Genetic drift is the change in allele frequency from one generation to the next that occurs because alleles in offspring are a random sample of those in the parents, as well as from the role that chance plays in determining whether a given individual will survive and reproduce. In mathematical terms, alleles are subject to sampling error. As a result, when selective forces are absent or relatively weak, allele frequencies tend to “drift” upward or downward randomly (in a random walk). This drift halts when an allele eventually becomes fixed, either by disappearing from the population, or replacing the other alleles entirely. Genetic drift may therefore eliminate some alleles from a population due to chance alone. Even in the absence of selective forces, genetic drift can cause two separate populations that began with the same genetic structure to drift apart into two divergent populations with different sets of alleles.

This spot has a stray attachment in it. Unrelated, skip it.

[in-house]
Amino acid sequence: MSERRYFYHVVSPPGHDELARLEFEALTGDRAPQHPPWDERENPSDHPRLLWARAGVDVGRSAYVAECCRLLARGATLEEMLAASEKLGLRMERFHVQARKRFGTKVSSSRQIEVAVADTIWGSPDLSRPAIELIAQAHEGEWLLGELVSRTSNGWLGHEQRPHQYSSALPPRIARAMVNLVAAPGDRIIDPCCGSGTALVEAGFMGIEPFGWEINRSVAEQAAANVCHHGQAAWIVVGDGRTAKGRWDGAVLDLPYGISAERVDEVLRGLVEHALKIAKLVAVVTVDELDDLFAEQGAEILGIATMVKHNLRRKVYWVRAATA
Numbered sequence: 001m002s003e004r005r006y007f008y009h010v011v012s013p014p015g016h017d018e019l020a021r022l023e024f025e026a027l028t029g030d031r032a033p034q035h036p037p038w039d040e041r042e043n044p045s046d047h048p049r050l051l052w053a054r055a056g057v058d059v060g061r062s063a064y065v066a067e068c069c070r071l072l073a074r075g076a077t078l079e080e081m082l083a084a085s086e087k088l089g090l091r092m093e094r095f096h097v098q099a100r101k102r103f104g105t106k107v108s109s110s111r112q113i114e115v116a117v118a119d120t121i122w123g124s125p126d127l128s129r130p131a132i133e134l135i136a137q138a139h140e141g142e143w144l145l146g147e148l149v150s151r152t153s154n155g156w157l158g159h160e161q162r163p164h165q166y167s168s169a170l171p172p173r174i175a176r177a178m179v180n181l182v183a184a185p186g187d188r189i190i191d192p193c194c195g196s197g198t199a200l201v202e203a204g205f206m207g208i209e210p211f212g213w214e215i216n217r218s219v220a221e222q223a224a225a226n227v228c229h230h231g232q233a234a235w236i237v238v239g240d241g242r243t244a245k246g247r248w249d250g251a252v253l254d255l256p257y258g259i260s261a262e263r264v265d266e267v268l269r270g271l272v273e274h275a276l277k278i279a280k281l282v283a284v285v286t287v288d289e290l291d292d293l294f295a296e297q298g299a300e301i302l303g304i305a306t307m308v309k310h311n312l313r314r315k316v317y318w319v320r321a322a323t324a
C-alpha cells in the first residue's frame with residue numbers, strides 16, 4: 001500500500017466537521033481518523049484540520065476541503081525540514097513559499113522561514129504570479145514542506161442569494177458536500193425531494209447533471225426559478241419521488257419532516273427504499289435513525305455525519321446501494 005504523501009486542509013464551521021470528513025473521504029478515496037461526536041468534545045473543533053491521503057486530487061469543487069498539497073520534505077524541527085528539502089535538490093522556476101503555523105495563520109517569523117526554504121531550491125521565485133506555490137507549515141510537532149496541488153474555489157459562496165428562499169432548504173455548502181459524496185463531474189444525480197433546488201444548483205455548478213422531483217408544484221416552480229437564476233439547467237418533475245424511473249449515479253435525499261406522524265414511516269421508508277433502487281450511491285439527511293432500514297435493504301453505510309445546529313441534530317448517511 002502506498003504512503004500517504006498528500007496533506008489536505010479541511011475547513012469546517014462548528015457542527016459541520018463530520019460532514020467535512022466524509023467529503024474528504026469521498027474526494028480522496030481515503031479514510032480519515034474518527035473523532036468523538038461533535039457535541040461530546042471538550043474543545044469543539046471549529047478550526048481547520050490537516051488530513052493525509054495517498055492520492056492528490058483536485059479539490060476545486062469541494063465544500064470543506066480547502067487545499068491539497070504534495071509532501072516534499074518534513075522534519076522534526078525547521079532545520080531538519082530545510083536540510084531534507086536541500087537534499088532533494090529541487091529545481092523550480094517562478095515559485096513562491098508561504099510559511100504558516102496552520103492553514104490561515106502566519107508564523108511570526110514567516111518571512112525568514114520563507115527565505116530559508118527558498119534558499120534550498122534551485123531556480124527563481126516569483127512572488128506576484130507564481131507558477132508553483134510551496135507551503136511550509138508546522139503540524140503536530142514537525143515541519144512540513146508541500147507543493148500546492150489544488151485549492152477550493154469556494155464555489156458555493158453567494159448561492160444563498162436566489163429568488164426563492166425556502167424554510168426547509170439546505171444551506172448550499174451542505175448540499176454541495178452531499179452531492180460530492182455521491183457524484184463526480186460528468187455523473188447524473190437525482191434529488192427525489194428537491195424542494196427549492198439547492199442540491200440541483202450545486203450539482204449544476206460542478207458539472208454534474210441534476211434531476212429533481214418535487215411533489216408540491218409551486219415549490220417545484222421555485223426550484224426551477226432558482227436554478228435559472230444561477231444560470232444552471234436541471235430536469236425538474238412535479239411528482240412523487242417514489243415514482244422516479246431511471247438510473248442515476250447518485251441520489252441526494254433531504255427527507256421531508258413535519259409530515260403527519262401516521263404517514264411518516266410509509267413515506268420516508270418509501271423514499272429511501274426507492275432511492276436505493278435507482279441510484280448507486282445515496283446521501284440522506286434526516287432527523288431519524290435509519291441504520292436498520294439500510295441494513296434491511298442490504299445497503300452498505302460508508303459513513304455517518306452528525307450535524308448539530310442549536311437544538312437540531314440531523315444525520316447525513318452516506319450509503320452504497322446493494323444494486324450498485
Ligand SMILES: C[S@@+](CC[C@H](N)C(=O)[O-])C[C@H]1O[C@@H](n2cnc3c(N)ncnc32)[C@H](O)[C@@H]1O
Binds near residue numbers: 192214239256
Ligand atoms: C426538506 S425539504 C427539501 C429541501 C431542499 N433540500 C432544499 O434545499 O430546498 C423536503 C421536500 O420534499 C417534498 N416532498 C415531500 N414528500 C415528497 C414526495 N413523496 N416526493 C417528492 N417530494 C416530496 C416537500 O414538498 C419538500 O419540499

Evolution influences every aspect of the form and behavior of organisms. Most prominent are the specific behavioral and physical adaptations that are the outcome of natural selection. These adaptations increase fitness by aiding activities such as finding food, avoiding predators or attracting mates. Organisms can also respond to selection by co-operating with each other, usually by aiding their relatives or engaging in mutually beneficial symbiosis. In the longer term, evolution produces new species through splitting ancestral populations of organisms into new groups that cannot or will not interbreed.